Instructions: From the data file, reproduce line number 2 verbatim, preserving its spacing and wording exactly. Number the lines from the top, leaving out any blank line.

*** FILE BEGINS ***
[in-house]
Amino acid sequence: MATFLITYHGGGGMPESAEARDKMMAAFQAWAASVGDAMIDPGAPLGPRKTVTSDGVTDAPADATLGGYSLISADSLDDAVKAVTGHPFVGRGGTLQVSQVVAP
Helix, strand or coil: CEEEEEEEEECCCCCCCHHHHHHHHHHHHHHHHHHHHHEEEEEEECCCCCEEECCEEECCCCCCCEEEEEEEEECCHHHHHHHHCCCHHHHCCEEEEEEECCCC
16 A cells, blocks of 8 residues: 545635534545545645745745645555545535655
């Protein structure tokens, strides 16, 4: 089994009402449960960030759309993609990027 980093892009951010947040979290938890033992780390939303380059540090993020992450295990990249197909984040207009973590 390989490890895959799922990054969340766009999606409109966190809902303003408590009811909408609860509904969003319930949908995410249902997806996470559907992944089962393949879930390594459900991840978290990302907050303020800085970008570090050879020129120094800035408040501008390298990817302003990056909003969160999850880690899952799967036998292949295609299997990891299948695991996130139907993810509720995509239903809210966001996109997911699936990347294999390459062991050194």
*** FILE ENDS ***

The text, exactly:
Amino acid sequence: MATFLITYHGGGGMPESAEARDKMMAAFQAWAASVGDAMIDPGAPLGPRKTVTSDGVTDAPADATLGGYSLISADSLDDAVKAVTGHPFVGRGGTLQVSQVVAP